The European defence industry was at a crossroads at the beginning of the industriAll Europe project three years ago. The industry was confronted with overcapacity, restrictive national export regulations, unclear perspectives for new procurement programmes and tense discussions on military budgets in several European countries. By then, several developments of global dimensions inside and outside the EU suggested that these challenges would require a response that would go beyond national decision-making: the “America first” policy within NATO, Brexit, the increasing US-China competition and their global geopolitical ambitions, disagreements within the EU about the future of the security and defence policy and the economic effects of the COVID-19 pandemic, to name only those areas that were problematised. Such times have radically changed.
This new political context will have repercussions for the defence industry. It is not yet clear how defence policy will be shaped; strategic debates about the new situation are just starting and some of the old dilemmas (such as the cooperation or competition between NATO and the EU, the consequences of Brexit on cooperation in the development and manufacture of weapon systems, US priorities in Europe or in Asia) have not disappeared. The developments confronting the EU and its member countries are primarily of a political and security dimension, but they will have far-reaching economic effects, particularly on defence firms. The landscape in which the defence industry will have to operate is entirely new.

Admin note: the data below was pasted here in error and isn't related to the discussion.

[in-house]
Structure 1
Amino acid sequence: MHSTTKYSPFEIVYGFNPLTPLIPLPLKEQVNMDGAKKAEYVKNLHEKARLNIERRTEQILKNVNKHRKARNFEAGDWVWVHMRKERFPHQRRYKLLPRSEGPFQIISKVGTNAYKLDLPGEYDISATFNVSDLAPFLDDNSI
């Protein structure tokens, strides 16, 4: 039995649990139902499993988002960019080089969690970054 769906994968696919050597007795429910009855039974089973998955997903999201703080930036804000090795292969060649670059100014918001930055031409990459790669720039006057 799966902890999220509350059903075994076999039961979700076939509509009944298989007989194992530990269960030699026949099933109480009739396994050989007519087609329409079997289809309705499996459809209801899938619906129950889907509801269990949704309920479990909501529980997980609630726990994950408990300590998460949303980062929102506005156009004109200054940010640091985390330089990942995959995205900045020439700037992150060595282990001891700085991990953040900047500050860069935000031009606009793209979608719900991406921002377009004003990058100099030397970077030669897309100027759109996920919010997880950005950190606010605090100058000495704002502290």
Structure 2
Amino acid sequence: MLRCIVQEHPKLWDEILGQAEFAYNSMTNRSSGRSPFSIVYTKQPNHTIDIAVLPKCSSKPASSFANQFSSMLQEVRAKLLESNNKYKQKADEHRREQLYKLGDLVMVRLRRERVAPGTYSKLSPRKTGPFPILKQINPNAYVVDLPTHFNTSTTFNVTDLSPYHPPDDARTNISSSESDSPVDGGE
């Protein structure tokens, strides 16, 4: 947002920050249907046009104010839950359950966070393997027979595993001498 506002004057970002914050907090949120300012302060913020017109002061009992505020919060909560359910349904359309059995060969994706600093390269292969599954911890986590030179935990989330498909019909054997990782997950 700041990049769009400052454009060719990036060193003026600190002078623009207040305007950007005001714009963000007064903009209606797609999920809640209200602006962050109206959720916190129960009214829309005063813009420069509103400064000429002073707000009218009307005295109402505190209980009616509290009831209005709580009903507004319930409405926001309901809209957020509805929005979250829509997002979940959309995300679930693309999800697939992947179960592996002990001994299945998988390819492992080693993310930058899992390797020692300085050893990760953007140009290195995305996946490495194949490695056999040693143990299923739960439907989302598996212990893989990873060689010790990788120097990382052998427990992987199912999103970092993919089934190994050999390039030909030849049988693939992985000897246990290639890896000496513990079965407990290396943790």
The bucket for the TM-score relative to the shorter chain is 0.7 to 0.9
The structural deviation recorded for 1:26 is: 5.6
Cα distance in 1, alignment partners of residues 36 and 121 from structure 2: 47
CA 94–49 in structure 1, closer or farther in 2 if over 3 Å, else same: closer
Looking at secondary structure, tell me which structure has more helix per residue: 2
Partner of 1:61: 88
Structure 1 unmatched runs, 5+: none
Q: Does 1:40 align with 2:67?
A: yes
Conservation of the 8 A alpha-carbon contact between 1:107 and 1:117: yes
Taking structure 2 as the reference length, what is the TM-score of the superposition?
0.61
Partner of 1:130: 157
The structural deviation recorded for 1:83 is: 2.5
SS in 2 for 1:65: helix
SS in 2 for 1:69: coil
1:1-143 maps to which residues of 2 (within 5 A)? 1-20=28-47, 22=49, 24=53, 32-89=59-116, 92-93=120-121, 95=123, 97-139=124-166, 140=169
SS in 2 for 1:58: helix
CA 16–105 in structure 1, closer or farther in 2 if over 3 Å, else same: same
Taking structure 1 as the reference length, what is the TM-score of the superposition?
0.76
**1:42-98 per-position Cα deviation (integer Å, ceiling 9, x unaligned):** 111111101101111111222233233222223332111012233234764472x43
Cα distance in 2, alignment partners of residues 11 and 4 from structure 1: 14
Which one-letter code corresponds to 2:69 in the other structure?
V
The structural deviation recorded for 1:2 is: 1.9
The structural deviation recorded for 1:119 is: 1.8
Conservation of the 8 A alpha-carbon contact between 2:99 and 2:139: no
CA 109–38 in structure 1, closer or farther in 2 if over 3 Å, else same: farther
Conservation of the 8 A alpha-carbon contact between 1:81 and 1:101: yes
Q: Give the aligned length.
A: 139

Although the context has evolved over the course of the project, its initial objectives remain all the more relevant since military cooperation should always go hand in hand with transnational worker representation. The action’s main aim was to increase the capacity of trade unions and of workers’ representatives in national and European Works Councils, and more generally in all institutions involved in the information & consultation rights of workers, to successfully participate in shaping the transformations brought by the upcoming integration, at the scale of the European Union, of defence procurement. Recent political developments have not stopped this transformation, although it remains to be seen which trajectory the industry will take.
By exchanging practices and experiences, the project fostered social dialogue and mutual learning in the defence industry, strengthened active participation of workers’ representatives, (company-based) trade union bodies and European Works Councils in consultation and information mechanisms at company level.
Syndex and industriAll Europe, together with its affiliates, organised one kick-off meeting on EU policies, four sub-sectoral workshops and one final conference on the social consequences of the integration of defence procurement at EU level.
The sectoral workshops covered a range of sub-sectors facing different challenges.
- Military shipbuilding
- Military electronics
- Land systems
- Aeronautics, Space & Missiles
The Workshop section of this webpage contains detailed information on the content of each meeting/event. Topical presentations supported the debate and provided a good understanding of the challenges and opportunities of each sub-sector. A selection of these presentations can be downloaded under the Workshop section.